2 February 2023

Indigenous treaty outlook might be rosier under Andrews government

Victoria is acting on facilitating treaty processes. Picture: iStock.

Jenan Taylor

30 November 2022

Victoria’s Aboriginal treaty-making processes may have a clearer pathway because of state government support and the 2022 Victorian election results, Indigenous leaders say.

Continuation of support for the development of Victoria’s treaty was among promises the Andrews Labor government made in its campaign, ahead of winning a third consecutive term in Saturday’s election.

Trawloolway man and School of Indigenous Studies lecturer at the University of Divinity the Reverend Dr Garry Deverell said the re-election of the Andrews government was good news for anyone who supported the treaty process.

Dr Deverell said there had been considerable concern within Victoria’s Aboriginal communities that if the Liberal National Coalition got in, there would be interruptions to the activity.

Dr Deverell said that a great deal had been achieved in the last two years and that the re-election of Victoria’s Labor party meant that all the good work that had been done so far, could continue with a degree of certainty.

He pointed to the Yoorrook Justice Commission and its truth-telling efforts, the work of the First Peoples’ Assembly, and the creation of a range of further mechanisms, including an independent authority body, to help facilitate how treaty negotiations took place.

“My expectation would be that the treaty negotiations would begin in 2023,” Dr Deverell said.

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In June the Victorian Coalition said it would support the advancement of the treaty process, but more recently former Liberal Bernie Finn opposed the passing of a Treaty Authority Bill, and Liberal MP Bev McArthur abstained from voting.

A conversation in which Liberal party candidate for Narre Warren North Timothy Dragan railed against a treaty with First Nations people, was also leaked last week.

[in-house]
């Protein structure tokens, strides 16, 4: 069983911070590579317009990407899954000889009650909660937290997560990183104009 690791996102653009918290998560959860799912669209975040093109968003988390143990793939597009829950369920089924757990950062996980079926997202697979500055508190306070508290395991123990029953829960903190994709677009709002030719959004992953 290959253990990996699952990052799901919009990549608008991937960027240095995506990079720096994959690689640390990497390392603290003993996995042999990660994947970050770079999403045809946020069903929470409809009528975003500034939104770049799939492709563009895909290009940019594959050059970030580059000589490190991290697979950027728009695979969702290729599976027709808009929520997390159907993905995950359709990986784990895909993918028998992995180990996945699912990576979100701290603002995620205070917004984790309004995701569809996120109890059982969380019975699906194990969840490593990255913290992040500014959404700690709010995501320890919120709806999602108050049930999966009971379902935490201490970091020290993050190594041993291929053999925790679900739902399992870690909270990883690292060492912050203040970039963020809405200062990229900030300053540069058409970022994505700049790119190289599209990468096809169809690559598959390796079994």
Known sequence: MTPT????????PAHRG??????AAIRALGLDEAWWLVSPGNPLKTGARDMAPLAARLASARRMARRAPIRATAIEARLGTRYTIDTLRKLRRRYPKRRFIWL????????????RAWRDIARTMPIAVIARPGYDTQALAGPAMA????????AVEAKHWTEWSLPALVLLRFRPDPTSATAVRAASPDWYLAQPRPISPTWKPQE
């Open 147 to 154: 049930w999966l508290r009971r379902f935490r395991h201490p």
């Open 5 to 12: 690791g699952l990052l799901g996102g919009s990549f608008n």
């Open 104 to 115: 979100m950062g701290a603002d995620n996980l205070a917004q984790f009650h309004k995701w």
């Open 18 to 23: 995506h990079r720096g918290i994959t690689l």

The First Peoples’ Assembly said the election result wouldn’t change anything as the process had already been well underway.

Bangerang and Wiradjuri Elder, and First Peoples’ Assembly co-chair Aunty Geraldine Atkinson said treaty was above party politics and that both sides had agreed to embarking on the treaty journey.

But Ms Atkinson said the Assembly had struck a deal with the Andrews government in recent months for a framework that would enable different traditional owner groups to enter negotiations about treaties in their areas.

The Assembly was also encouraged by polling data released by Reconciliation Australia in the last week that found that public support for treaty-making had grown across Australia.  

Dr Deverell said that while that was good news, it was also worrying that the data showed that increasing numbers of Aboriginal people had experienced racism in the last six months.

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He said that as with the gay marriage referendum held in 2017, a prospective referendum around a voice to Parliament would give racists and those who were anti-reconciliation a platform to air their views.

But Dr Deverell said that Christians who wanted to support Indigenous treaty-making as well as a voice to parliament had to write to local and federal Liberal and National politicians to remind them of that support.

He said for people who went to church, it could go further.

“I think that the important thing to do is to is to let the diocesan authorities know and let your local church authorities know that you support Aboriginal people, and you would like to see a greater voice for Aboriginal people in the church as well,” Dr Deverell said.

“It’s all very well for the church to say, we support an Indigenous voice in the public arena and in the civic arena. But if we’re not giving that opportunity to Aboriginal people within the church, then it’s a little bit hypocritical.”

The Victorian government committed to beginning to move towards treaty negotiations in 2016.

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